An industry-recognized IT credential offers hiring managers one way to assess the capabilities of a candidate without past professional experience, a relevant degree, or a portfolio of work. For example, the CompTIA A+ certification is widely viewed as providing assurance to employers that a credential holder has the ability to handle technical support tasks.

A+ certification requires passage of two exams, Core 1 and Core 2. It is expected that exam candidates develop foundational knowledge and hands-on experience in the course of preparing to attempt these exams. It’s not uncommon to come across CompTIA A+ listed as a requirement or a preferred credential in recruitment ads for tech support jobs.

Value No. 2: A differentiator in hiring decisions

According to the Pearson VUE 2021 Value of IT Certification Employer Report, 51 percent of employers who participated in the survey believe relevant certifications are a differentiating factor during the interview process. For example, when selecting someone for a specialized role, a hiring manager may view advanced credentials as extra validation of requisite skills.

In the case of experienced tech professionals looking to move to a different career path in IT, a recruiter or hiring manager might find relevant industry-recognized certifications helpful in evaluating a candidate’s skillset for the role.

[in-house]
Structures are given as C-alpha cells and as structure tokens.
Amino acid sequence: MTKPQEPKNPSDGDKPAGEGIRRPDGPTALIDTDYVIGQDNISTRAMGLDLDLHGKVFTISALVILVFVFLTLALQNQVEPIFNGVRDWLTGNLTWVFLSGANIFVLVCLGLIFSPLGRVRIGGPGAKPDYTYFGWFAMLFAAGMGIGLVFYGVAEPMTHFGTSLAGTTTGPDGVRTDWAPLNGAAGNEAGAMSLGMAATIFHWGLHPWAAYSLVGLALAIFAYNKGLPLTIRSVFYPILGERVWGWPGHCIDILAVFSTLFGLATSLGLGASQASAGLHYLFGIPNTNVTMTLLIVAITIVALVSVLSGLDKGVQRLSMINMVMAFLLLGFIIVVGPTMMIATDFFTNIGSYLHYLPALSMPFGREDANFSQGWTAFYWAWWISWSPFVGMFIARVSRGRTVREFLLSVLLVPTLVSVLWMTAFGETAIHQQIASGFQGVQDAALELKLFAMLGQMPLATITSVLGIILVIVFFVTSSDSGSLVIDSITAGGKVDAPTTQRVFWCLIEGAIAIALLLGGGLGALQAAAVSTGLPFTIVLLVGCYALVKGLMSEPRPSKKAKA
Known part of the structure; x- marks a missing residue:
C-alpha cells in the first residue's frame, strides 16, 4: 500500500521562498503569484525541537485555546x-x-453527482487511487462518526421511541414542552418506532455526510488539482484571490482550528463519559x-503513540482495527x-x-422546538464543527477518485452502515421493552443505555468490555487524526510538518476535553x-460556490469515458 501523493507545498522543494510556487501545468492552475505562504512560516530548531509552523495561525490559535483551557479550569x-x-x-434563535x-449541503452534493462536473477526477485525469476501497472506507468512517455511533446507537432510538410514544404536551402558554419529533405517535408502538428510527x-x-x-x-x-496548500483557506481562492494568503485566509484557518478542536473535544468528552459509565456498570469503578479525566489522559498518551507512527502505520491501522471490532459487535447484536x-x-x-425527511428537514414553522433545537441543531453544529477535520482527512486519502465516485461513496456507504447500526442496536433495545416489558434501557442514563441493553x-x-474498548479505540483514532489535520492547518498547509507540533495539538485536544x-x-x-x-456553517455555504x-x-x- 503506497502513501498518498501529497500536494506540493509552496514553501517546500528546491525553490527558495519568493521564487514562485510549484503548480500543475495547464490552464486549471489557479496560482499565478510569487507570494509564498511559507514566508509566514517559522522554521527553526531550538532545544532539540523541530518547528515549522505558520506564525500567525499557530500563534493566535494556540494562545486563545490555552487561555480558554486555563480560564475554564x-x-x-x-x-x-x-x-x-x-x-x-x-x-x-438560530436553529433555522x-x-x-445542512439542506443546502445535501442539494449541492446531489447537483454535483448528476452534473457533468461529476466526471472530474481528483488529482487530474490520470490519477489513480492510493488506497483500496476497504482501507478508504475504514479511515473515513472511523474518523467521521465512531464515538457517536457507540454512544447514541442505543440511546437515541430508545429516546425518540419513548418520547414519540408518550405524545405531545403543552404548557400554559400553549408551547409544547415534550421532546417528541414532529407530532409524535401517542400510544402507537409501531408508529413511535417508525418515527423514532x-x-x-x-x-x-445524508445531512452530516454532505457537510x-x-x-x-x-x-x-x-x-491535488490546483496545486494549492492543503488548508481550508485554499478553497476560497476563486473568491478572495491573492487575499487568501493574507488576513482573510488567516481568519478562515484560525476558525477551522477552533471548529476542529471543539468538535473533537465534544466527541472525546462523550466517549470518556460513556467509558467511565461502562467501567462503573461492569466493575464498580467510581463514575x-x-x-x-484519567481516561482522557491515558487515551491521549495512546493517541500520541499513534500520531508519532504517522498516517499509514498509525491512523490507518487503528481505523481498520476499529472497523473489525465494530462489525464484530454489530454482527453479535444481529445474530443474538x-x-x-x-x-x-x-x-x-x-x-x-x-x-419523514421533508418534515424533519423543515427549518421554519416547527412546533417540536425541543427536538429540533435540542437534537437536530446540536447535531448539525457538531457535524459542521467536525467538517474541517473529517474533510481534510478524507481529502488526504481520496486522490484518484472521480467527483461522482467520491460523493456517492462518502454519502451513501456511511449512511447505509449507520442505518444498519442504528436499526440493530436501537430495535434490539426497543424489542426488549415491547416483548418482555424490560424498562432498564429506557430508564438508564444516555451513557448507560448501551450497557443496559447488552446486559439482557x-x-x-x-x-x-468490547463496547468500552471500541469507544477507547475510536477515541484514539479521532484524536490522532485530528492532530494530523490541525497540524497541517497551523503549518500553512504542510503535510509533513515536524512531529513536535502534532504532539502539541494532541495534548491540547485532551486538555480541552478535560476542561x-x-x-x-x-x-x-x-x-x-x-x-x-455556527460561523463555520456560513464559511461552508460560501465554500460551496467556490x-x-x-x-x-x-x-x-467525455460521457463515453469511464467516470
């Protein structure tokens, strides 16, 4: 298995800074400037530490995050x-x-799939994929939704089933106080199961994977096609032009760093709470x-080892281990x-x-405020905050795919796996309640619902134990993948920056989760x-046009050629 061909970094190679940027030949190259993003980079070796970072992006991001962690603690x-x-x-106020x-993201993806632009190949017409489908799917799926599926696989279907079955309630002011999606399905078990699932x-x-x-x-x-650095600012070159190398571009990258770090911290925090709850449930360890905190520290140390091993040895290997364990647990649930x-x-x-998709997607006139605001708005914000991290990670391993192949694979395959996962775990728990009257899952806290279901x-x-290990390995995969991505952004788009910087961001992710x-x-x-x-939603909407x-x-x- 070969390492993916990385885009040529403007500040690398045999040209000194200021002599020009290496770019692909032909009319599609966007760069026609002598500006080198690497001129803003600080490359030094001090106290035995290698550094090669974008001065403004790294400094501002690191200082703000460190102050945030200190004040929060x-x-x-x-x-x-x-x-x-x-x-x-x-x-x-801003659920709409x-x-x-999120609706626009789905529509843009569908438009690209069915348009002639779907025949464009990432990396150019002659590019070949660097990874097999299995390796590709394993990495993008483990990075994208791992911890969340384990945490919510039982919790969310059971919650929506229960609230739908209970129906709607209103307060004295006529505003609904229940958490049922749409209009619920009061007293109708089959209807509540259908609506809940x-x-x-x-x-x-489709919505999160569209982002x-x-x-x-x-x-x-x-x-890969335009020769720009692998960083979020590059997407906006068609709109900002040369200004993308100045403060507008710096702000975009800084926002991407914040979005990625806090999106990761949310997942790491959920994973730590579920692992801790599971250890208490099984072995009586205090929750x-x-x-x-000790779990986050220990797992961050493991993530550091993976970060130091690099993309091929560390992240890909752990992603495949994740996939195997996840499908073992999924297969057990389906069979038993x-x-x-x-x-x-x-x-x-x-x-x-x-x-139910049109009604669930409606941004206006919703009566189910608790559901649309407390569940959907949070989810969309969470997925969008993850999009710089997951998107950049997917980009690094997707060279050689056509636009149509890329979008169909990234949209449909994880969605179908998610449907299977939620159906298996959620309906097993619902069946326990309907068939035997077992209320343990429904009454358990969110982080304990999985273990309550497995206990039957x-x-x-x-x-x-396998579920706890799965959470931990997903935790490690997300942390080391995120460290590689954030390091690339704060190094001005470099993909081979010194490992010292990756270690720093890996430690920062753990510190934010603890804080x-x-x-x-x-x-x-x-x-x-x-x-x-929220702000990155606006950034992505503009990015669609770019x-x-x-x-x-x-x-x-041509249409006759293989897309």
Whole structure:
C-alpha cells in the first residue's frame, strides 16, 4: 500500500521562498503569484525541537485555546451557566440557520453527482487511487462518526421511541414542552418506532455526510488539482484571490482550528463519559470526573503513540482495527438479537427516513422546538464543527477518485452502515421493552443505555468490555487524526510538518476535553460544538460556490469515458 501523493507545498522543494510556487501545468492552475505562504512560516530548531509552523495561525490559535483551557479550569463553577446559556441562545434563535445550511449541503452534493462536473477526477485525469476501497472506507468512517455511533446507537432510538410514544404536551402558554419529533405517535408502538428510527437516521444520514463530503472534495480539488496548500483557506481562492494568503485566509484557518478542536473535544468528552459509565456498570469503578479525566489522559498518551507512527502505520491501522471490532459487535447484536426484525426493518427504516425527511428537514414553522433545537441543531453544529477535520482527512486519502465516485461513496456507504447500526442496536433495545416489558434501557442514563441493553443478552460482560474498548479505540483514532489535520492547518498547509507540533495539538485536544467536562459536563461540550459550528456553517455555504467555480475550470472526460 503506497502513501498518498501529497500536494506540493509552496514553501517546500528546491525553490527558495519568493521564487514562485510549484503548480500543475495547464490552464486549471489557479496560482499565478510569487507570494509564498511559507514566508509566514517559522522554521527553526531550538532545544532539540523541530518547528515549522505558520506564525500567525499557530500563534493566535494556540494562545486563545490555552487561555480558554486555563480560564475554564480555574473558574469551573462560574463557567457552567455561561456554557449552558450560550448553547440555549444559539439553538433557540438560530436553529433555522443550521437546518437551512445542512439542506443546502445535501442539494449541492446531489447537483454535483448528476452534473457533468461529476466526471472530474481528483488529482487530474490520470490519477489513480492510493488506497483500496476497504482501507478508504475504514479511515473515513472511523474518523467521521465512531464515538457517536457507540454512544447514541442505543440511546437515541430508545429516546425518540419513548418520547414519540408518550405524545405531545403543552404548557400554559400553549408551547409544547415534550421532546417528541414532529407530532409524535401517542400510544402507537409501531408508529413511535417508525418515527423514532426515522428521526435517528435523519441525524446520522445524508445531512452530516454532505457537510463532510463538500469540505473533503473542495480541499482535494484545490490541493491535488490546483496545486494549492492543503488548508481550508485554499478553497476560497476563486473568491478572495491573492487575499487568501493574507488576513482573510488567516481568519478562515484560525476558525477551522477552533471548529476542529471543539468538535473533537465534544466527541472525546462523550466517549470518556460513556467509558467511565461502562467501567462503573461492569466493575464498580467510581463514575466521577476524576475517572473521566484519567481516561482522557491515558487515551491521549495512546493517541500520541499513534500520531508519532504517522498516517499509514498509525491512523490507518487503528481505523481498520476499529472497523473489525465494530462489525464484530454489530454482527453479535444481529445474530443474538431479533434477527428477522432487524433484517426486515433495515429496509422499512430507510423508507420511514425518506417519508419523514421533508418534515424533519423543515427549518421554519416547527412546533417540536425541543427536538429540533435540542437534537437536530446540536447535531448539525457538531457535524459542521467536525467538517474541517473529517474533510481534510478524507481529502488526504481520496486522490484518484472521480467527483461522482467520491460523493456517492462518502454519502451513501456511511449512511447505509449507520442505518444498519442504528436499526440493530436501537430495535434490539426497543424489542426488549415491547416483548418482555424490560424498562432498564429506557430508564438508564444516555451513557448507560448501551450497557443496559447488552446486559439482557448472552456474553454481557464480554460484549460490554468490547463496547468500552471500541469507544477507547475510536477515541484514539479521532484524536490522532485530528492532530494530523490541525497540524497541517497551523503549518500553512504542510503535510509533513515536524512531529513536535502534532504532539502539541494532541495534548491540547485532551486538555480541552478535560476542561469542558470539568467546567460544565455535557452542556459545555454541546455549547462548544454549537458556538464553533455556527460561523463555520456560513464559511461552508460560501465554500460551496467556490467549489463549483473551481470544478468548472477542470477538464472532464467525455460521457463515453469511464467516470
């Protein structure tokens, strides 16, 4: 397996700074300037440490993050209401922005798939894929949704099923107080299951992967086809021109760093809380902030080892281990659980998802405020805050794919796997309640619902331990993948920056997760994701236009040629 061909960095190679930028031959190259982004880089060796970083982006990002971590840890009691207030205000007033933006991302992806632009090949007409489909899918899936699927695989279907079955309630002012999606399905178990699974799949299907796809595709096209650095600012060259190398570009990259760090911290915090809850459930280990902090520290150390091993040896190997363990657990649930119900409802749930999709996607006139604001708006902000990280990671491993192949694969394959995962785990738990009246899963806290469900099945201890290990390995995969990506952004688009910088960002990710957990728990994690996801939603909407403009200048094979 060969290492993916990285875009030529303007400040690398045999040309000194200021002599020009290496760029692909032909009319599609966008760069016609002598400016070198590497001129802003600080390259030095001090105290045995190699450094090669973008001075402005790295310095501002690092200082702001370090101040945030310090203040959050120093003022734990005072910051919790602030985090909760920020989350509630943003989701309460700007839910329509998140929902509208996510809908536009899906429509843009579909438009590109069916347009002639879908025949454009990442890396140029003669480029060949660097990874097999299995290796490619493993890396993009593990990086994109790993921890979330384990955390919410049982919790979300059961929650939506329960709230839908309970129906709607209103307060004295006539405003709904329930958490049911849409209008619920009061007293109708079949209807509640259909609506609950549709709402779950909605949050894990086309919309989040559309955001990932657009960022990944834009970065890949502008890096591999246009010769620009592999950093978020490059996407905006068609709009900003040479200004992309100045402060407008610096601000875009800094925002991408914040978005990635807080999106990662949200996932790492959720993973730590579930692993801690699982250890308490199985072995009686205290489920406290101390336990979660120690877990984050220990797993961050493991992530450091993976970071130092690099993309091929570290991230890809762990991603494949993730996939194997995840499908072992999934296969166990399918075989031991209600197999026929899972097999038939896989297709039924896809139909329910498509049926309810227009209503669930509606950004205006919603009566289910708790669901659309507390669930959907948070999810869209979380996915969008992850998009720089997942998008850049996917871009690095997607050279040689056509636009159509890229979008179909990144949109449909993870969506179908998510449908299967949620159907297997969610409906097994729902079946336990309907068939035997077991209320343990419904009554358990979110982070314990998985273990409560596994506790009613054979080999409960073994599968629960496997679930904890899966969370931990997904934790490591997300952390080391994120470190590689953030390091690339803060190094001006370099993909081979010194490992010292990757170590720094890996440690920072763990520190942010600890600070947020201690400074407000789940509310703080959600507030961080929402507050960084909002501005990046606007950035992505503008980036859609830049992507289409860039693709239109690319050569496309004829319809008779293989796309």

Value No. 3: Specialized knowledge

Why should businesses value IT certifications earned or held by their employees?

With the IT skills gap increasing, finding tech professionals with advanced skills — especially in highly specialized and fast-evolving fields, such as cloud technology and cybersecurity — has become a challenge for many employers. More and more organizations have started hiring technologists with solid credentials in these specialties.

In this instance, the credential helps employers identify and add staff who can address critical business needs. Hiring a certified cloud technologist, for example, could help an employer take advantage cloud infrastructure and tools to optimize business processes and increase productivity. Hiring a certified cybersecurity expert could help ensure the protection of business data and business systems.

This is driving demand for cloud computing and cybersecurity certifications. According to Global Knowledge, cloud technologies and cybersecurity certifications were the highest paying IT credentials in the U.S. in 2021.

These include Google Cloud Professional Data Engineer, Google Cloud Professional Cloud Architect and AWS Certified Solutions Architect – Associate. High-paying security certs include Certified in Risk and Information Systems Control (CRISC) and Certified Information Systems Security Professional (CISSP).

Value No. 4: Meeting requirements

Many employers provide services to business clients where certification is a requirement, and not simply preferred. For example, an IT business consulting firm that hires out project managers might need its employees to be Project Management Professional (PMP)-certified in order to meet the demands of certain high-level clients.